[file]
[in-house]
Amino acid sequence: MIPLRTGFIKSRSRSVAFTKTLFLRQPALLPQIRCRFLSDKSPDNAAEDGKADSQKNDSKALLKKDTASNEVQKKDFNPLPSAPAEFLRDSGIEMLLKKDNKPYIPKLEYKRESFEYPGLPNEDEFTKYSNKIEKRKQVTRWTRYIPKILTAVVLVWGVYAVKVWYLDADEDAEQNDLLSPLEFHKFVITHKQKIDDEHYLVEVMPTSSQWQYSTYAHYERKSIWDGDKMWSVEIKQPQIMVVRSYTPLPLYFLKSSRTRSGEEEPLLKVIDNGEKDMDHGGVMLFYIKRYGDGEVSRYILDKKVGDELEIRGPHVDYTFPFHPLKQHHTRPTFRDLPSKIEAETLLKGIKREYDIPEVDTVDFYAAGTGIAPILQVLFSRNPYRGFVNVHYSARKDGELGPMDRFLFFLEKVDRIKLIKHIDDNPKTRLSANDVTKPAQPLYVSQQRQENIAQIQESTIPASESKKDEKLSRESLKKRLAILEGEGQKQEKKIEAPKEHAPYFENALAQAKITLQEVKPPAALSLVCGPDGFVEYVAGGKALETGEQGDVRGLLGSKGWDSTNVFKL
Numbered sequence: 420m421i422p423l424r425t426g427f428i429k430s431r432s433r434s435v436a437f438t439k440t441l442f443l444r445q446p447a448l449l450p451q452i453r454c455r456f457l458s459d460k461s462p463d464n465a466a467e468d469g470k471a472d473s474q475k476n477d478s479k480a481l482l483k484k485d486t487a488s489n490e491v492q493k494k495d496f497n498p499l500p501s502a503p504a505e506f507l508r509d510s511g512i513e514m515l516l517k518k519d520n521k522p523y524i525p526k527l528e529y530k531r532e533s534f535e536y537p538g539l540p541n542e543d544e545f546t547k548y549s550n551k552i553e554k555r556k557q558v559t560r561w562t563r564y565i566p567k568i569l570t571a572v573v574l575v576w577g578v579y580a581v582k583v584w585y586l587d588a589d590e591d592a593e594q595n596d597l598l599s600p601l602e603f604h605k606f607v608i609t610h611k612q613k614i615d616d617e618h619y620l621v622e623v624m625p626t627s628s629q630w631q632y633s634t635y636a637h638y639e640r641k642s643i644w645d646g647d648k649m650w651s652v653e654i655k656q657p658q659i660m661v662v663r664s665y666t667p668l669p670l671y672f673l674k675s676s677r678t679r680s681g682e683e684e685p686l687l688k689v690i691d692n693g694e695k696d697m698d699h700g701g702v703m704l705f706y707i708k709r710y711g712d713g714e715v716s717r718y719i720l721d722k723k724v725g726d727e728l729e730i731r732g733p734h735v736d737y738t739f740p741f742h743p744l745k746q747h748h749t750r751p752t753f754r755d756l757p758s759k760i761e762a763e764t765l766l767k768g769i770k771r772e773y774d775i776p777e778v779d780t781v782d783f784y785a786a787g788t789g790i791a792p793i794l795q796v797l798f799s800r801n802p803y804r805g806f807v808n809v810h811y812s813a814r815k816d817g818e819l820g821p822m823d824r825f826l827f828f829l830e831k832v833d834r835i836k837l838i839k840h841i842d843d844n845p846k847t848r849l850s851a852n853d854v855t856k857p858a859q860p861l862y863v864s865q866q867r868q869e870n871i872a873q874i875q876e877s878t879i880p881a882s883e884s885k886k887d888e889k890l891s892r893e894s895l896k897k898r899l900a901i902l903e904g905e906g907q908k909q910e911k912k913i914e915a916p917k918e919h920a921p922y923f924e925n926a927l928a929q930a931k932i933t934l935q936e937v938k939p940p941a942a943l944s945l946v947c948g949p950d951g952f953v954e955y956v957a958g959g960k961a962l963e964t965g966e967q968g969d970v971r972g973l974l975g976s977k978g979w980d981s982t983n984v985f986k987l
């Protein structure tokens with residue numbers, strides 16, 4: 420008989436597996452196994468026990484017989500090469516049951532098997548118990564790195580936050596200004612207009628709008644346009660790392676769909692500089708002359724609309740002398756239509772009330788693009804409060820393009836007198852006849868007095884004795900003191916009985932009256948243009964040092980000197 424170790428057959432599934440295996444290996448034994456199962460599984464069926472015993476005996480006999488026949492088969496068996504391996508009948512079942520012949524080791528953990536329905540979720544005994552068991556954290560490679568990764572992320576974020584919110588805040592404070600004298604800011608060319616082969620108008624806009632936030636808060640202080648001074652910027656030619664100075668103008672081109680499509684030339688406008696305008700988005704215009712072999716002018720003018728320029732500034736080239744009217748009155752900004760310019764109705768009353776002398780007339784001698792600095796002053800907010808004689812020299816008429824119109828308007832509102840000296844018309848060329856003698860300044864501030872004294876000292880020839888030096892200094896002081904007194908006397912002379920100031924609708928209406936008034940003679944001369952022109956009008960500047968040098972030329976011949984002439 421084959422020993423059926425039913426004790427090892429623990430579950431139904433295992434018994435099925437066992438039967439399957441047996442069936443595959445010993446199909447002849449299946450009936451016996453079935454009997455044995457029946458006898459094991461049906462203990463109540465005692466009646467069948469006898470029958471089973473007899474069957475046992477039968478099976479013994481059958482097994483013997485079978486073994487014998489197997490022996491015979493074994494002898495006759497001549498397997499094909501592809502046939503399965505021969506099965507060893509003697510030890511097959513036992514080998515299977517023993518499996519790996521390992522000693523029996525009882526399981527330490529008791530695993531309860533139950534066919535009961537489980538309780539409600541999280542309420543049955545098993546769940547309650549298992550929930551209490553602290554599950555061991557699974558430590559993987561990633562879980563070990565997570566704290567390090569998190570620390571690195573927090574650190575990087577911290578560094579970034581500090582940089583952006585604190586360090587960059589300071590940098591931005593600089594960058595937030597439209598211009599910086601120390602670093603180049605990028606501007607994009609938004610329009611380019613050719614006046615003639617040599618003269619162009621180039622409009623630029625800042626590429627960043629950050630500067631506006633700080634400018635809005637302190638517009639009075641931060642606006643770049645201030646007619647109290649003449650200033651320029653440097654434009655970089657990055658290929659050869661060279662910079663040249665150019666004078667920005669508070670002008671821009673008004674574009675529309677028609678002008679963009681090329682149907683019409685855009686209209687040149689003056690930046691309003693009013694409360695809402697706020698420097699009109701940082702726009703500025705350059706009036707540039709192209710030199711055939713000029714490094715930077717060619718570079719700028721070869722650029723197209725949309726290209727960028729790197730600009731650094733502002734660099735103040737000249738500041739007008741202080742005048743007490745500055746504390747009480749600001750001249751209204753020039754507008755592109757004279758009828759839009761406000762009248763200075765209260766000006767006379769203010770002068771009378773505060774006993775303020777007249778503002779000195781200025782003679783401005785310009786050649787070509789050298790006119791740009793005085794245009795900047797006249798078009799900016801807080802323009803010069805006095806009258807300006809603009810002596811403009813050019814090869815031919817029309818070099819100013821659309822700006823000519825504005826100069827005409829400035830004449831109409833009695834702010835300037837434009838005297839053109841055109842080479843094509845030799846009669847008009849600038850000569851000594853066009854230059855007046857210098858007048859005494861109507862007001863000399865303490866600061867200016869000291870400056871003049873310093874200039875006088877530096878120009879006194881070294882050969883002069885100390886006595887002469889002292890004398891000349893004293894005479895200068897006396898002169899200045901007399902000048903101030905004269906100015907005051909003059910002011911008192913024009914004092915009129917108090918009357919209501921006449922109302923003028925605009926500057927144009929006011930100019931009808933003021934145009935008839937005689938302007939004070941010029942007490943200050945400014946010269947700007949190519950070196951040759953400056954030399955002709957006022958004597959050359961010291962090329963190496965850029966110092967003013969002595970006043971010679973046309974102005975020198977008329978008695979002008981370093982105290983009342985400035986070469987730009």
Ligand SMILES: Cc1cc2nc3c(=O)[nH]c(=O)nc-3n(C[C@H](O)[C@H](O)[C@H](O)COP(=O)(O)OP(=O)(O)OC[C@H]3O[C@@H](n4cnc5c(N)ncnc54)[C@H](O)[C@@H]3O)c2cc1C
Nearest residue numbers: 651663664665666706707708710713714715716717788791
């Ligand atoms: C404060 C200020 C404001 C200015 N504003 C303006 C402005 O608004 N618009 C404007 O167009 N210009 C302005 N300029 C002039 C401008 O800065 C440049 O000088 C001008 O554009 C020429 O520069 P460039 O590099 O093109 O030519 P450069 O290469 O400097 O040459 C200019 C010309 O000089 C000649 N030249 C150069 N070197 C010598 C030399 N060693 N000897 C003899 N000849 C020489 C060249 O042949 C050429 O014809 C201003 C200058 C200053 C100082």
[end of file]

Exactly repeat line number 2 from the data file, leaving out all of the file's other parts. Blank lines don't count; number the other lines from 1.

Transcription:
Amino acid sequence: MIPLRTGFIKSRSRSVAFTKTLFLRQPALLPQIRCRFLSDKSPDNAAEDGKADSQKNDSKALLKKDTASNEVQKKDFNPLPSAPAEFLRDSGIEMLLKKDNKPYIPKLEYKRESFEYPGLPNEDEFTKYSNKIEKRKQVTRWTRYIPKILTAVVLVWGVYAVKVWYLDADEDAEQNDLLSPLEFHKFVITHKQKIDDEHYLVEVMPTSSQWQYSTYAHYERKSIWDGDKMWSVEIKQPQIMVVRSYTPLPLYFLKSSRTRSGEEEPLLKVIDNGEKDMDHGGVMLFYIKRYGDGEVSRYILDKKVGDELEIRGPHVDYTFPFHPLKQHHTRPTFRDLPSKIEAETLLKGIKREYDIPEVDTVDFYAAGTGIAPILQVLFSRNPYRGFVNVHYSARKDGELGPMDRFLFFLEKVDRIKLIKHIDDNPKTRLSANDVTKPAQPLYVSQQRQENIAQIQESTIPASESKKDEKLSRESLKKRLAILEGEGQKQEKKIEAPKEHAPYFENALAQAKITLQEVKPPAALSLVCGPDGFVEYVAGGKALETGEQGDVRGLLGSKGWDSTNVFKL